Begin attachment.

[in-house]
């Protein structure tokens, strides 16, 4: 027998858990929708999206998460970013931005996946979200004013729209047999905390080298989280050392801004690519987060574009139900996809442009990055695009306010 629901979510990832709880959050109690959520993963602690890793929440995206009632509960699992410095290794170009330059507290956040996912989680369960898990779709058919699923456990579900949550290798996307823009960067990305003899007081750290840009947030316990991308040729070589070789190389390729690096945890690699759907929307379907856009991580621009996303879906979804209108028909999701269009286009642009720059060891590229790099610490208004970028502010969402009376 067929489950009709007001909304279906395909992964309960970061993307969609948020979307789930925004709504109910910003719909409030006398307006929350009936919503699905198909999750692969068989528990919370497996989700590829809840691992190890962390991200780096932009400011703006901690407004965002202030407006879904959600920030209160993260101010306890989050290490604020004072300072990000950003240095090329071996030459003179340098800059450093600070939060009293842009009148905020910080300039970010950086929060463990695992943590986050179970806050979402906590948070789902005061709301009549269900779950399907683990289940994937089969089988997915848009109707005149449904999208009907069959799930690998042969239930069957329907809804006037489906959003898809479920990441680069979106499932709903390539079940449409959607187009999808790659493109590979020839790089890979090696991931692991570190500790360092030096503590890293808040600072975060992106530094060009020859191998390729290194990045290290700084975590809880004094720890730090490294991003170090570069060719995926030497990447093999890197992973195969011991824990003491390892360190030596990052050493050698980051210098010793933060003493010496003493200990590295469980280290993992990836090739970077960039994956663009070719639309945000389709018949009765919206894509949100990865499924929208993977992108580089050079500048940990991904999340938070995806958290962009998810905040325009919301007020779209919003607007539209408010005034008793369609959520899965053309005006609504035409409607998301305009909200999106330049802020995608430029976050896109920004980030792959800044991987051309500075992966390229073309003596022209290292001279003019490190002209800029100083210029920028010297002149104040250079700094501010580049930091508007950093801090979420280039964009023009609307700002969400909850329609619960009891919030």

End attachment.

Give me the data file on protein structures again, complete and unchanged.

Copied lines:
[in-house]
């Protein structure tokens, strides 16, 4: 027998858990929708999206998460970013931005996946979200004013729209047999905390080298989280050392801004690519987060574009139900996809442009990055695009306010 629901979510990832709880959050109690959520993963602690890793929440995206009632509960699992410095290794170009330059507290956040996912989680369960898990779709058919699923456990579900949550290798996307823009960067990305003899007081750290840009947030316990991308040729070589070789190389390729690096945890690699759907929307379907856009991580621009996303879906979804209108028909999701269009286009642009720059060891590229790099610490208004970028502010969402009376 067929489950009709007001909304279906395909992964309960970061993307969609948020979307789930925004709504109910910003719909409030006398307006929350009936919503699905198909999750692969068989528990919370497996989700590829809840691992190890962390991200780096932009400011703006901690407004965002202030407006879904959600920030209160993260101010306890989050290490604020004072300072990000950003240095090329071996030459003179340098800059450093600070939060009293842009009148905020910080300039970010950086929060463990695992943590986050179970806050979402906590948070789902005061709301009549269900779950399907683990289940994937089969089988997915848009109707005149449904999208009907069959799930690998042969239930069957329907809804006037489906959003898809479920990441680069979106499932709903390539079940449409959607187009999808790659493109590979020839790089890979090696991931692991570190500790360092030096503590890293808040600072975060992106530094060009020859191998390729290194990045290290700084975590809880004094720890730090490294991003170090570069060719995926030497990447093999890197992973195969011991824990003491390892360190030596990052050493050698980051210098010793933060003493010496003493200990590295469980280290993992990836090739970077960039994956663009070719639309945000389709018949009765919206894509949100990865499924929208993977992108580089050079500048940990991904999340938070995806958290962009998810905040325009919301007020779209919003607007539209408010005034008793369609959520899965053309005006609504035409409607998301305009909200999106330049802020995608430029976050896109920004980030792959800044991987051309500075992966390229073309003596022209290292001279003019490190002209800029100083210029920028010297002149104040250079700094501010580049930091508007950093801090979420280039964009023009609307700002969400909850329609619960009891919030």